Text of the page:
A problem for Board members though can be penetrating the tech-speak so common in the cyber world so they can look squarely at the risk, ask the right questions and ensure they are making the right decisions.
With so much at stake, I wanted to share a framework that may help company directors think about what is a critical issue.
Not long ago I was enjoying a conversation with a senior policy maker when he asked me how many attempted cyber-attacks we had on our networks in the course of an average month. He hazarded a guess: might it be two or three attacks a month? No I told him, we had probably had two or three attacks since you started asking the question!
I share that story to make two points. Firstly, cybercrime, hacktivism and online espionage are happening every day, every hour, every minute, and every second (our recently released Cyber Security Report found that most Australian businesses have their security breached every month). The second point is that even among very senior leaders – government, community and business – there is often not a good level of understanding around the scale, tempo or sophistication of cyber risk and cyber-crime.
Cyber risk is a big issue and it is getting bigger all the time because accelerating technology innovation means the number of digital applications and services we use, either as individuals or organisations, is increasing rapidly. Moreover these applications and services are now (almost without exception) connected to a network. That means the barriers to entry for those that would do us harm – whether they are criminals, terrorists, activists, nation states or otherwise – have come down dramatically. A digital world means it is now possible to potentially rob a bank from the other side of the world and undertake all manner of illegal activities without detection.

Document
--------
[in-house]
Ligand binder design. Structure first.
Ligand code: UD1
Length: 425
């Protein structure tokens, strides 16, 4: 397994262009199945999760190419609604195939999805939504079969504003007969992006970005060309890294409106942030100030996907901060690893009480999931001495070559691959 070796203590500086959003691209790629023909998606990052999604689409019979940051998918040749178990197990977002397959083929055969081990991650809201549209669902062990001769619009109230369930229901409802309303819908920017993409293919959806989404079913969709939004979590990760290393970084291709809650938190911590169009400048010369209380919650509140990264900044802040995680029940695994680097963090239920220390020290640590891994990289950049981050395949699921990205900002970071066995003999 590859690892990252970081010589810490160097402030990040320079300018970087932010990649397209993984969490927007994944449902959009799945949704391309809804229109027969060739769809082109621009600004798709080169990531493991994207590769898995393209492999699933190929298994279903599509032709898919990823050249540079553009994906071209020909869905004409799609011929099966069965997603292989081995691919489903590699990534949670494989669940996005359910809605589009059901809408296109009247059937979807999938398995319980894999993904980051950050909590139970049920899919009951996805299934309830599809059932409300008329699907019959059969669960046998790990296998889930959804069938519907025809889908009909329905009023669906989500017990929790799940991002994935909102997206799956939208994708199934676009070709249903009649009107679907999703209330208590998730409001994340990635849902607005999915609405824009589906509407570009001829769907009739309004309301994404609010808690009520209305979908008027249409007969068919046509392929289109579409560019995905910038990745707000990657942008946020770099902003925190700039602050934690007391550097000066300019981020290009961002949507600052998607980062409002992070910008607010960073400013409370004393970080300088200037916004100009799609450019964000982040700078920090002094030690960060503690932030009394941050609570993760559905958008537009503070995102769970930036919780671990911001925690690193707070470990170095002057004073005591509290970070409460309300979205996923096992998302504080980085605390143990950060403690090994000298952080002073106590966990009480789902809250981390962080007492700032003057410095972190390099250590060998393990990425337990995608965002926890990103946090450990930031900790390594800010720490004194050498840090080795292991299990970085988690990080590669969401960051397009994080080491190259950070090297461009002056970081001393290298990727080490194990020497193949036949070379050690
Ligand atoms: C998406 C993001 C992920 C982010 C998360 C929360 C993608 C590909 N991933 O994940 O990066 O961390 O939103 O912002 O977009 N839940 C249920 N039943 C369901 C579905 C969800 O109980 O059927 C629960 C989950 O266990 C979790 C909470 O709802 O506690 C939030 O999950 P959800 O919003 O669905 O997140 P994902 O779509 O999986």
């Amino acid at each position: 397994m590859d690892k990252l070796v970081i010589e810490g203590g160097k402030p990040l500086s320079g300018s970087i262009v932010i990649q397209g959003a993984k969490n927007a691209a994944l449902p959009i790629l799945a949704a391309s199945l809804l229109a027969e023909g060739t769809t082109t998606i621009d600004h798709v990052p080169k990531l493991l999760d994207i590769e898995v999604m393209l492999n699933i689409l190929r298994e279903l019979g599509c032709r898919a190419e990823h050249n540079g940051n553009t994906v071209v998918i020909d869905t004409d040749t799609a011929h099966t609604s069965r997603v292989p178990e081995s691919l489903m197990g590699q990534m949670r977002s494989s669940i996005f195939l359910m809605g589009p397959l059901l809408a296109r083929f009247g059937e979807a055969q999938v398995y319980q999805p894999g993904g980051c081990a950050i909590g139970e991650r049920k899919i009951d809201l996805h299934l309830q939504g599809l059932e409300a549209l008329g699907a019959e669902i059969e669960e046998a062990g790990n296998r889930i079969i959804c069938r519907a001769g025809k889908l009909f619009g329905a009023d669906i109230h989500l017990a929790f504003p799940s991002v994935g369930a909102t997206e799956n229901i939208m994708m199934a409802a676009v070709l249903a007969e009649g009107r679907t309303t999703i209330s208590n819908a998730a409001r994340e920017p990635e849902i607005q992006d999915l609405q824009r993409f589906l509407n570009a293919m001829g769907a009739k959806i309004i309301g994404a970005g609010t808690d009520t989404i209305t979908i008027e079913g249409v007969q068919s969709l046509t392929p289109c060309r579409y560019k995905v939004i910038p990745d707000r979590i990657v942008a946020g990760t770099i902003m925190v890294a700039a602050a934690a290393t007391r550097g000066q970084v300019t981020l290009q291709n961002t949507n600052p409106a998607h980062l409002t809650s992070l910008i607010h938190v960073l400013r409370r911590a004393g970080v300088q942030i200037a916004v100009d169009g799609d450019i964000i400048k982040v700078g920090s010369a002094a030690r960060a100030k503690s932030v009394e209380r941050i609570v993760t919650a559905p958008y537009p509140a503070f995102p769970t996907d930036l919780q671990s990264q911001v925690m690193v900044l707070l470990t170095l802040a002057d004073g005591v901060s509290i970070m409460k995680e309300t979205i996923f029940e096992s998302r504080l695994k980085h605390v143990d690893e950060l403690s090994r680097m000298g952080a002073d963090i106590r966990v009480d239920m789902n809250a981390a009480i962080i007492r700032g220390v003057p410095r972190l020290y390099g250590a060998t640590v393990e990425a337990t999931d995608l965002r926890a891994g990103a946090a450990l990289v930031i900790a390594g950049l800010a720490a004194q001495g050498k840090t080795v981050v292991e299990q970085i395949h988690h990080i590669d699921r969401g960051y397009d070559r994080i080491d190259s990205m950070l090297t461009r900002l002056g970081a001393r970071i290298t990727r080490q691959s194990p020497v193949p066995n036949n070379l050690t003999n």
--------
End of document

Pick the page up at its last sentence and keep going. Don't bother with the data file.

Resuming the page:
The challenge with cyber risk is its intangibility. In a physical world it is easy to form a firm opinion about levels of security because you can see it with your own eyes. We know Fort Knox is more secure than a suburban bank branch because we can see the relative levels of security in the form of armed guards, security cameras, surveillance equipment, safes, strong rooms and so on.
It is much harder to do that in a cyber world when the threat is invisible and often intangible. Put another way, you would not think of walking down a dark alley at 2 am in a dodgy neighbourhood in a city you have never been to before but how do you know that, metaphorically speaking, you are not already doing just that when you go online?
The challenge for Directors (and particularly Directors who do not have a good grounding in technology) is that too often discussions and briefings on cyber security are overwhelmingly technical.
Cyber experts and oracles by necessity come from deeply technical backgrounds and their views and advice can get very technical and very tactical very quickly. Complex briefings on issues like denial of service attacks, hacking, phishing and malware are not always easy for Directors to understand much less form an informed opinion about the relative impacts, implications and appropriate responses.
To be effective, Directors need a real sense for what the whole landscape looks like so they can anchor their thinking about an issue. They need to be able to interrogate the strategic thinking and decision making and be certain in their own minds that the risk is being managed appropriately. But if you cannot translate the tech-talk into plain-speak it is very difficult to know if you have done everything you can to mitigate cyber risk within your organisation and whether you have appropriate rectification strategies in place when issues arise, because one thing which is almost guaranteed is they will arise.